LEMONS LEMONS LEMONS LEMONS LEMONS
Harold Pinter Theatre, London, Thursday 2nd February 2023
This revival of Sam Steiner’s hit play is a likeable and vibrant production. It tells of a society where a law is passed restricting individuals’ word counts to just 140 per day. It’s to reduce stimulus overload or something like that, but really it’s about control. We follow the relationship of Bernadette and Oliver as the law is proposed, protested against, voted for, and implemented, through a series of non-chronological scenes. Gradually, we piece together their love story and their communication problems.
As Bernadette, former Doctor’s companion Jenna Coleman is bright-eyed and assertive. A fledgling lawyer, Bernadette relies on words to do her job and so invariably she uses up most of her daily quota at work, to the frustration of Aidan Turner’s bohemian/socialist Oliver. Sparks fly between the two actors, the chemistry between them is almost palpable, but the nature of the piece requires the characters to be shut off from each other, unable to express themselves freely and fluently, and so we are ultimately shut out, and only know them in glimpses.
Played against a stylish backdrop of shelving laden with discarded objects, divided by strips of bright light, there is often only the briefest lighting change between scenes, a split second for the actors to change position and demeanour. Director Josie Rourke keeps the stage bare, allowing the dialogue to denote location – are they at home, in a restaurant, at a pet cemetery? – and Coleman and Turner approach each scene with the vim of members of a cocky improv troupe, and they’re both so appealing they take us along with them.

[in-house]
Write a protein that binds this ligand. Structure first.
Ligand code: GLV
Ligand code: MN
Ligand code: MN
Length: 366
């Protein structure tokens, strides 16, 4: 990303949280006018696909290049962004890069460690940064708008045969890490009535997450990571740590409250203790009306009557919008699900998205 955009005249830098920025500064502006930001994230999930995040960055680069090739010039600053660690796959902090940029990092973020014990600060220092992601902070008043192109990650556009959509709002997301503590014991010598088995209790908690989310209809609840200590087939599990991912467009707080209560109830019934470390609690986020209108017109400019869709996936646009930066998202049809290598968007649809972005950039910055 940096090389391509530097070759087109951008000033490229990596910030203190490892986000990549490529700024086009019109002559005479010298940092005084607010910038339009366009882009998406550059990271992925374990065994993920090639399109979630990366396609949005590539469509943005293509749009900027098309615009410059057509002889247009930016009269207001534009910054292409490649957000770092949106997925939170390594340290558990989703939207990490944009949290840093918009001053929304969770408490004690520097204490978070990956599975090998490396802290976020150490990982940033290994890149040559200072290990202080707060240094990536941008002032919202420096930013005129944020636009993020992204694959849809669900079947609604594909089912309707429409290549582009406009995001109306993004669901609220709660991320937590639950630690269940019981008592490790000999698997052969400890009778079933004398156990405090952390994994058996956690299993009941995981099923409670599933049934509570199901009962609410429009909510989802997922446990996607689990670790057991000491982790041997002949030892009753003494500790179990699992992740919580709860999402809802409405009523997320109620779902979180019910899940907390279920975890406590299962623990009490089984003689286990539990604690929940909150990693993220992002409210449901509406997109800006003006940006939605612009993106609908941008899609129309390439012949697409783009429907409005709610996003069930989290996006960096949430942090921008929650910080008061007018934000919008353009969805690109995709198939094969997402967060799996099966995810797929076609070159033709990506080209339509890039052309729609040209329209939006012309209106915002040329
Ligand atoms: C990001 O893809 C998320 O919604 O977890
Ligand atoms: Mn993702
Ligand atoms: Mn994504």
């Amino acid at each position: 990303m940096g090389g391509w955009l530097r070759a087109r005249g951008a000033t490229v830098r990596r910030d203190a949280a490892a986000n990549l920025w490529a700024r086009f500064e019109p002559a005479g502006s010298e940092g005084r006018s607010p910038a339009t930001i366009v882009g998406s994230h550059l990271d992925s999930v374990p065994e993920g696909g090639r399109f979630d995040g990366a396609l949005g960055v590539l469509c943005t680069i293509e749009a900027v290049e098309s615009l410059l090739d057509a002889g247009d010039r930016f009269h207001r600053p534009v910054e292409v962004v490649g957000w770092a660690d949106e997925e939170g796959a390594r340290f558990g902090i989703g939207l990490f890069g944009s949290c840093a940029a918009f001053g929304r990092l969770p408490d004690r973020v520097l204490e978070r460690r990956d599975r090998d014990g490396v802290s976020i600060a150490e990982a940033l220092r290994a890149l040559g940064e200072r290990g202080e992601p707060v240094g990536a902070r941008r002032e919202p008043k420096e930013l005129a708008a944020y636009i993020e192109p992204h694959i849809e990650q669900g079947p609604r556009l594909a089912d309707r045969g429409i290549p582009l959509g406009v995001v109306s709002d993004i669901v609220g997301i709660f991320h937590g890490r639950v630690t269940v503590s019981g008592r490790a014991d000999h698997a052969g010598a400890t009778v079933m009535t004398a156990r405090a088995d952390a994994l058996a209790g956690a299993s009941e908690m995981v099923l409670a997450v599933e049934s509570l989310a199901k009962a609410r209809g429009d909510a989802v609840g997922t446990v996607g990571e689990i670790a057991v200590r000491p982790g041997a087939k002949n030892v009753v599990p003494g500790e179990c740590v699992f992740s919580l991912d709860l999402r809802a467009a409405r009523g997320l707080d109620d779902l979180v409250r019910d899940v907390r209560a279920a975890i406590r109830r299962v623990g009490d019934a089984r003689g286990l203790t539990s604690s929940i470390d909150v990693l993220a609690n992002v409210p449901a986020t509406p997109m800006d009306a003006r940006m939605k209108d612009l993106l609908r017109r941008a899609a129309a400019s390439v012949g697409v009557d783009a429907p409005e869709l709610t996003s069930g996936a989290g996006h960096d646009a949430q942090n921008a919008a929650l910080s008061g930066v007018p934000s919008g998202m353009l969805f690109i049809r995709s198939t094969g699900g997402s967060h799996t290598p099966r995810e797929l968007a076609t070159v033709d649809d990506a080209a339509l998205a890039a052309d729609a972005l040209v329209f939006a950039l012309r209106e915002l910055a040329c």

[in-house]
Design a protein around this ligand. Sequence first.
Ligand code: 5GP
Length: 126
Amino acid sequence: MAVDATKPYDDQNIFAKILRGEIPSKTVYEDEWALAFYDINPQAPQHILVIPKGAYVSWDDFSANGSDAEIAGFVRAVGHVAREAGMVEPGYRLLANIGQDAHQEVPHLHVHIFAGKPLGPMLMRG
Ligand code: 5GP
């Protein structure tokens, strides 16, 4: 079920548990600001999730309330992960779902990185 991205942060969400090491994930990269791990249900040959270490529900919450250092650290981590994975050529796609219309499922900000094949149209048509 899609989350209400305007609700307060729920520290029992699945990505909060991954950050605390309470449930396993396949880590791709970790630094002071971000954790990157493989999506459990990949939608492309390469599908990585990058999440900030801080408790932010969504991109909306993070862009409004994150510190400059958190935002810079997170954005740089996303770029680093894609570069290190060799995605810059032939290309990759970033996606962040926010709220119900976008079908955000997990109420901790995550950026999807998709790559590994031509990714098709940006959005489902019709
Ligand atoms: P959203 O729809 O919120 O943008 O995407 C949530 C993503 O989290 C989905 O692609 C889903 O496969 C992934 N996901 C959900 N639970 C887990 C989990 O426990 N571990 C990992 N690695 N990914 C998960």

What we don’t get are answers to questions such as, How would such a law be policed? What would be the penalties for infringement, for going over your daily limit? How would it work in other spheres: hospitals, schools and so on. Pretty soon, the law courts are given exemptions, and so is the House of Commons, because, of course, the kind of politicians who would make such legislation, would look after themselves… The play skirts around Brexit like the elephant on the dancefloor. What kind of people would want something that impoverishes and restricts the lives of everyone in the country? Talk about being sold a lemon! Oliver is a driving force in protests against the word limit, while we in the real UK, are faced with having our right to protest criminalised by an increasingly authoritarian regime… The play is so close to touching on this.
As a love story, then, it’s a bit shallow. As a thought experiment, it engages but doesn’t really develop. “Bit cerebral,” mutters the woman next to me as she puts her coat on, and then proceeds to discuss with her companion where they will go for a meal. I spend longer thinking about the play and conclude it’s a fine idea that only scratches the surface, but it’s effortlessly enjoyable thanks to the actors who both approach their roles with, I’m going to say it, zest.
☆ ☆ ☆ ☆
Aidan Turner and Jenna Coleman at loggerheads (Photo: Johan Persson)